June 20, 2010
June 20, 2010
June 23, 2010
15.26.1 - 15.26.15
A Developing-Country Case-Study Approach to Introducing Environmental Engineering Students to Nontechnical Sanitation Constraints in Developed Countries
By studying only closed-ended technical problems, environmental engineering students often fail to appreciate critical interrelations between technical and nontechnical aspects of sanitation. To address this deficiency, a case-study module on sanitation for the developing world was implemented in a senior/graduate level onsite water reclamation course. The goal was to increase student awareness of the interplay between technical and nontechnical complexities when designing and implementing sanitation systems in both the developed and developing world. Learning objectives included increasing student familiarity with (1) perceptions and treatment options of sanitary waste in developing countries and (2) nontechnical constraints and issues (such as economic, social, cultural, political, and ethical) associated with sanitation.
Content was integrated into the course using a case-study approach. Between weeks three and seven of a 15-week semester, students investigated and contrasted common sanitation practices in the U.S. and developing nations and then began work on mini-case studies focused on specific communities in developing countries. Guest speakers supplemented instruction by sharing experiences from living and working in such communities and overseeing sanitation-engineering projects. In week nine, student teams described their chosen community, its relevant demographics, current sanitation practices, and the team’s initial sanitation options. In week 12, student teams identified key community stakeholders, conducted a sanitation options assessment, and assembled evidence to support their recommended option.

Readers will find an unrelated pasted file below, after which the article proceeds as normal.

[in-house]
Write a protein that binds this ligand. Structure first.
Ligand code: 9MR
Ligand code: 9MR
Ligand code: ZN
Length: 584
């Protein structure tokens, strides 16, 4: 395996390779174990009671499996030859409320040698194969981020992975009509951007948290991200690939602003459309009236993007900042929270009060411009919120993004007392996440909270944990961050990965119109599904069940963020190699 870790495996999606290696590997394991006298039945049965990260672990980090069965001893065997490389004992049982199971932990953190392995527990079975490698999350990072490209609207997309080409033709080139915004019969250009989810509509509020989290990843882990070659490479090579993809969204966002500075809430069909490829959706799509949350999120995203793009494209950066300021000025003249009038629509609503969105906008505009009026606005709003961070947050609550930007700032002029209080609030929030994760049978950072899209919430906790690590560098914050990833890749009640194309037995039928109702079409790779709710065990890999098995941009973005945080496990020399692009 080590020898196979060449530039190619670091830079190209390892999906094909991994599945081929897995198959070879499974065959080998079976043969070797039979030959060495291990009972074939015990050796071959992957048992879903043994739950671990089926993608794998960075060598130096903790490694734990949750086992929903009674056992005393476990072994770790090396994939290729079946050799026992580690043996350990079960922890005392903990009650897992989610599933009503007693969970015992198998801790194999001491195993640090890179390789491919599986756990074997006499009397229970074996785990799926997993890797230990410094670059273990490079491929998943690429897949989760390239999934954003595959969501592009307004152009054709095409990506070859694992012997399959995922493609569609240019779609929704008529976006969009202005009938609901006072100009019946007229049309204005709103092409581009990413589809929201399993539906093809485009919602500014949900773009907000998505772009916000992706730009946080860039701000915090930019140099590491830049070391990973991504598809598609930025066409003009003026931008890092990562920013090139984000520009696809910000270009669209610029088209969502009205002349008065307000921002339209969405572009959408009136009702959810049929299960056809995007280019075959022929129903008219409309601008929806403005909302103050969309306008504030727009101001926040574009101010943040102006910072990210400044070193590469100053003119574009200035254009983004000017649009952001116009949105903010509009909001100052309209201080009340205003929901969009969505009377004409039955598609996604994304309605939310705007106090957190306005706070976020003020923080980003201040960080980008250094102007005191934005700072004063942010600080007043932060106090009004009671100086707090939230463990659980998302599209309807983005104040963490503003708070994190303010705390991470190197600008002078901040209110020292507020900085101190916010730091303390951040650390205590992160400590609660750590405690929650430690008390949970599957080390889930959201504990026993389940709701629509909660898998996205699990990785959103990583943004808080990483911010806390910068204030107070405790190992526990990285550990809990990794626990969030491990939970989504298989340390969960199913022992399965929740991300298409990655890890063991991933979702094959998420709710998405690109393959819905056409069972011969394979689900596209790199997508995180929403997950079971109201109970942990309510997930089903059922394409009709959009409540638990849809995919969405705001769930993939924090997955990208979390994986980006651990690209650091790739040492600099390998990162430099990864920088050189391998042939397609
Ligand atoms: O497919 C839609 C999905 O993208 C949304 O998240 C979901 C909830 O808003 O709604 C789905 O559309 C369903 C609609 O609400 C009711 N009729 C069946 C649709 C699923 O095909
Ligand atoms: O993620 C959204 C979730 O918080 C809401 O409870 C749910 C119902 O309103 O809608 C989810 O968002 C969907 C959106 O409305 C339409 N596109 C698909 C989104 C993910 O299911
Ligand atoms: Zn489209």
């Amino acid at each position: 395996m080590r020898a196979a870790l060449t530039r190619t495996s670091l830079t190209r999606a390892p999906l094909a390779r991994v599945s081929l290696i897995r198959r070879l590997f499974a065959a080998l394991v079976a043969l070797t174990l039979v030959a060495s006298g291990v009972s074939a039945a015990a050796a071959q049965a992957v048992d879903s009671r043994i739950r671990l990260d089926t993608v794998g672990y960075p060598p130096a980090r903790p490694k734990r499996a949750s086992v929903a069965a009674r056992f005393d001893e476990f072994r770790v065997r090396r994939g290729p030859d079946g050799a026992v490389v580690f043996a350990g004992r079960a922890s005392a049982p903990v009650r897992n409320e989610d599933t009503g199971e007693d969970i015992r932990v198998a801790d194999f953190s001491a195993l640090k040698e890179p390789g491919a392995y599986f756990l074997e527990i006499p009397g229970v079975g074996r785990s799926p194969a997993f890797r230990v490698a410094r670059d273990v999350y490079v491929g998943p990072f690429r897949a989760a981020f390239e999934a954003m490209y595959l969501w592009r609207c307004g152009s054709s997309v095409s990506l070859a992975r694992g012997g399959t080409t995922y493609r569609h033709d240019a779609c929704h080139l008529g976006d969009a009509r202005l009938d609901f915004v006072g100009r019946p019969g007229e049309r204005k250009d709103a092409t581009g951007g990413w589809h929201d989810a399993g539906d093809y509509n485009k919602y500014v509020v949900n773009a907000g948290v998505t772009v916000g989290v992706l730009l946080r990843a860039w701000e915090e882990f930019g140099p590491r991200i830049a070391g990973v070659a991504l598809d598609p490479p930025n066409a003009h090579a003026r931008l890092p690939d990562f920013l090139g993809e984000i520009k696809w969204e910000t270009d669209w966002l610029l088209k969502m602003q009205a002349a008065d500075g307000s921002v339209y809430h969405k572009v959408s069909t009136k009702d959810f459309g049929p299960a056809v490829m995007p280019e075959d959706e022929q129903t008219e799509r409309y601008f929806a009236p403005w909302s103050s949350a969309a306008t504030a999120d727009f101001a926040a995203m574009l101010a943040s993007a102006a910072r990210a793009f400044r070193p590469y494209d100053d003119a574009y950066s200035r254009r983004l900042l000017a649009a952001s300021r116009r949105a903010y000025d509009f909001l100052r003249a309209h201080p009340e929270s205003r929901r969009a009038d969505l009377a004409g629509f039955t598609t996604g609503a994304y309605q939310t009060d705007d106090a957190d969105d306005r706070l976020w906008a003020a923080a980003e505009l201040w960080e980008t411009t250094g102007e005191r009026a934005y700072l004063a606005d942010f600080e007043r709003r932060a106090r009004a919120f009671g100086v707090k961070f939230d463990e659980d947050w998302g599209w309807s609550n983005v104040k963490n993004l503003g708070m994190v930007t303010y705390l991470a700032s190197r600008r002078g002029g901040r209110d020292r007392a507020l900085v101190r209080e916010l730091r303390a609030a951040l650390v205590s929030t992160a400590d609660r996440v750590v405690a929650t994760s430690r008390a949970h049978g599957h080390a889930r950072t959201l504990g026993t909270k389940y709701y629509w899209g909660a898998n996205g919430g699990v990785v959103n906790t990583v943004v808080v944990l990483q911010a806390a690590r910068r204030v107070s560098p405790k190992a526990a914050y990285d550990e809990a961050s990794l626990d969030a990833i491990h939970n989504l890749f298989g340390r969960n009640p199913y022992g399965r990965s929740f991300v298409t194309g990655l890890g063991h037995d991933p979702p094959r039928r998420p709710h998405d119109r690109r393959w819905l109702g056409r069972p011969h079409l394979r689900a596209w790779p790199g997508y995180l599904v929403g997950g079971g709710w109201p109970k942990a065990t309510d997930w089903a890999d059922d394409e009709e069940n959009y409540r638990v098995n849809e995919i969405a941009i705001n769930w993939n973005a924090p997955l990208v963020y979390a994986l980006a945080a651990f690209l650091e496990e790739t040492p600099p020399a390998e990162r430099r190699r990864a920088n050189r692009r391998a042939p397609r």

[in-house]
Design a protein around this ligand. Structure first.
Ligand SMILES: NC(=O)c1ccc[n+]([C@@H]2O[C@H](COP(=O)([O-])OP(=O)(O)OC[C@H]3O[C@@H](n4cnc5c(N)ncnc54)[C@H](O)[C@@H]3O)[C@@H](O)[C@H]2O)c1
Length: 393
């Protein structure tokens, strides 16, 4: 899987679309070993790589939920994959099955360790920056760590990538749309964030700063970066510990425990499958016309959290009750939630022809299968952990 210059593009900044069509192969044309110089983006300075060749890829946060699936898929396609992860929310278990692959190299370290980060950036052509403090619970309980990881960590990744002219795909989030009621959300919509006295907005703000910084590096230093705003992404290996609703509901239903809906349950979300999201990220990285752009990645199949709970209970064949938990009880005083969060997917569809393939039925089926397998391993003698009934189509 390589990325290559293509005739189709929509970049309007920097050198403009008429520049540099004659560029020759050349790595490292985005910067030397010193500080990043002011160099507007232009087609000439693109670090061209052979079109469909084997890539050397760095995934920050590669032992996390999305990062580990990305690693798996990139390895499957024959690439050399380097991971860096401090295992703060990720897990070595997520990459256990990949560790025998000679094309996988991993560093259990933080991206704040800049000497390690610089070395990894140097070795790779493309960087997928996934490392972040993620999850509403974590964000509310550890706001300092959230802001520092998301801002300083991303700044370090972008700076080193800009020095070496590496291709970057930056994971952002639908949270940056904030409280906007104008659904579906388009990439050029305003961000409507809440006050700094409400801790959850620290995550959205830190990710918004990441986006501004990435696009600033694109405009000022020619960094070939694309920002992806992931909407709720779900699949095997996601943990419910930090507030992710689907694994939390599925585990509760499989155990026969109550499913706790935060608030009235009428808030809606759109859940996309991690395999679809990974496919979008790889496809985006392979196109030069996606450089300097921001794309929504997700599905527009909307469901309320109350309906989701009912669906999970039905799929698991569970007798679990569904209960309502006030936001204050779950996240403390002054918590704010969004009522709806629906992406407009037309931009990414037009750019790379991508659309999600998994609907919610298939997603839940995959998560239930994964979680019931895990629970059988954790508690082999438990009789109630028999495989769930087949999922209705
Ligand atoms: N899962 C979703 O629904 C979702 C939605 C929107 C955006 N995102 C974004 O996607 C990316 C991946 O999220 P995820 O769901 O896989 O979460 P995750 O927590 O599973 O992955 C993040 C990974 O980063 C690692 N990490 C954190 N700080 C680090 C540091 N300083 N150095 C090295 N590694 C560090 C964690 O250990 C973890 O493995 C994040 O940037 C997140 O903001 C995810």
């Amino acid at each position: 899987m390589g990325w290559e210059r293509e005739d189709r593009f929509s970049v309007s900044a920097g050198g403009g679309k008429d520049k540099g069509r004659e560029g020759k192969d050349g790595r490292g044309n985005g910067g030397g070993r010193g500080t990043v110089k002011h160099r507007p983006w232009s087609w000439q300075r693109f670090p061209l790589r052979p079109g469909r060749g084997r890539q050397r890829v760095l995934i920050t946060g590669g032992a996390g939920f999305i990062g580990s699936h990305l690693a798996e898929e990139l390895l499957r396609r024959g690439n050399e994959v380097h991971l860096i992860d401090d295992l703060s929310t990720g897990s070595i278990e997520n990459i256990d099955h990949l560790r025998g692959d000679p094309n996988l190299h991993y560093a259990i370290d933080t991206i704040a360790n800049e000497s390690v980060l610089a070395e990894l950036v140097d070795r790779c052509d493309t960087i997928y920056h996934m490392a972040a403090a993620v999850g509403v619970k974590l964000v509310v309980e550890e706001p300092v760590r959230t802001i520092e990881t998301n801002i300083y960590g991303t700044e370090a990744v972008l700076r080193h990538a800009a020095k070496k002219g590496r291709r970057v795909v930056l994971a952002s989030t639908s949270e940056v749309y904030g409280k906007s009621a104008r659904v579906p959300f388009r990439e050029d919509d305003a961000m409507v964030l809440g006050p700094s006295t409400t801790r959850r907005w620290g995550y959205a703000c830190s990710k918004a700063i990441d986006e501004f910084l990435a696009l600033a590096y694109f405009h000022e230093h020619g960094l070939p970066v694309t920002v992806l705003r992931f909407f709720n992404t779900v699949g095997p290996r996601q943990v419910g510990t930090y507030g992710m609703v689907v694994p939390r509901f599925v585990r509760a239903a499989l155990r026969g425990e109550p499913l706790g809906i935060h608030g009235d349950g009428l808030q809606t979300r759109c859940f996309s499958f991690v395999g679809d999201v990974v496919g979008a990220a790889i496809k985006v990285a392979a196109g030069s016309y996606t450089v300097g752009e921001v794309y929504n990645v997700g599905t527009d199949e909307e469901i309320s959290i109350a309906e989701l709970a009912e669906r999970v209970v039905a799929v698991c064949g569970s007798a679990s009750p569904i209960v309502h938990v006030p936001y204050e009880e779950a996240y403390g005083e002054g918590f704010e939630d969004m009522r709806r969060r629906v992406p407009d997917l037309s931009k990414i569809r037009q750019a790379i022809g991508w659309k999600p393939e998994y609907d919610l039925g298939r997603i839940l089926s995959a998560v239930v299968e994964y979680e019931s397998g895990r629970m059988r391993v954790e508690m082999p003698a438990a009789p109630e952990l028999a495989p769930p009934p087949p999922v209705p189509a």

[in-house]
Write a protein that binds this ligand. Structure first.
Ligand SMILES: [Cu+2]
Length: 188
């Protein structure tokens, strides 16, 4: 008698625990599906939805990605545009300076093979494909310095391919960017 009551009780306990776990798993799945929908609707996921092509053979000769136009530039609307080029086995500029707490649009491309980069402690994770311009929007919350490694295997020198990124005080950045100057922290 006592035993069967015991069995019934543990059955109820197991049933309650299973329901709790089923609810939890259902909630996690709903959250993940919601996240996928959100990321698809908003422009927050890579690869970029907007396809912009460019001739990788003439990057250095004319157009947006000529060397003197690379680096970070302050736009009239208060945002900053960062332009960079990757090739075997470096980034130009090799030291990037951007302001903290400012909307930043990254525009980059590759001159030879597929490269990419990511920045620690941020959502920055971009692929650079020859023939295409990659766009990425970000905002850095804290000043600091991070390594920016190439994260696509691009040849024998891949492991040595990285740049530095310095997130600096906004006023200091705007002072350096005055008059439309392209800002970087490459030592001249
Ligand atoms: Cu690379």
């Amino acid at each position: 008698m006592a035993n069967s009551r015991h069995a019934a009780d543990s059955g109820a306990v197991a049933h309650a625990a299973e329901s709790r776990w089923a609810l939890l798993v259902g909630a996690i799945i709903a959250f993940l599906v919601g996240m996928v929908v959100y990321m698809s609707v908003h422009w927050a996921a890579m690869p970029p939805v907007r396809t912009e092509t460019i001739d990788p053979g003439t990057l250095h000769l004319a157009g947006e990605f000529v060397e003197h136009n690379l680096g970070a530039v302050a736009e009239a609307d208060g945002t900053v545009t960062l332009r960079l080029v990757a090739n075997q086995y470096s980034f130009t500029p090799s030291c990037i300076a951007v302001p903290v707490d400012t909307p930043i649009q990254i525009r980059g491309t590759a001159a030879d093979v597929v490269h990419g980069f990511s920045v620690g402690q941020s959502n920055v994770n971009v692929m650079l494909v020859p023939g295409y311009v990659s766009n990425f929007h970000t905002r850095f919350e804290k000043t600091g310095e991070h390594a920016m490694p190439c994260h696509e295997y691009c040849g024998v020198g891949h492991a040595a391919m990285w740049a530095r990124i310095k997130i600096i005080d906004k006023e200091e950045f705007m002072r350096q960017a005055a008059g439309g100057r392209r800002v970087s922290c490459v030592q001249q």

The same test was administered in the second and 14th weeks of the semester to assess student understanding of technical and nontechnical issues associated with sanitation engineering in both developed and developing contexts. This paper presents the case-study module design and implementation, measurement instruments used to detect change and a detailed statistical analysis of the case-study module’s impact in the classroom. Nonparametric statistical analysis measured statistically significant increases in student responses regarding technical and nontechnical sanitation issues, similar to a previous wastewater engineering class in which significant increases were also detected. The results of this investigation support the potential for broader use of this case-study module beyond the course for which it was developed.
Upper-division undergraduate and early graduate students are often unfamiliar with issues involved in sanitation outside the developed world. Students thus regularly extrapolate technical solutions from the developed to the developing world, often without appreciating the problematic gap between the two contexts. From a technical standpoint, centralized sanitation approaches are common for urban areas and population centers in the U.S. and other developed nations. But in many situations within the U.S., and more so in developing countries, such options are neither cost-effective nor sustainable due to low-density development, rugged topography, limited water
Munakata-Marr, J., & Schneider, J., & Moskal, B., & Mitcham, C., & Leydens, J. (2010, June), A Developing Country Case Study Approach To Introducing Environmental Engineering Students To Nontechnical Sanitation Constraints In Developed Countries Paper presented at 2010 Annual Conference & Exposition, Louisville, Kentucky. https://peer.asee.org/16869
ASEE holds the copyright on this document. It may be read by the public free of charge. Authors may archive their work on personal websites or in institutional repositories with the following citation: © 2010 American Society for Engineering Education. Other scholars may excerpt or quote from these materials with the same citation. When excerpting or quoting from Conference Proceedings, authors should, in addition to noting the ASEE copyright, list all the original authors and their institutions and name the host city of the conference. - Last updated April 1, 2015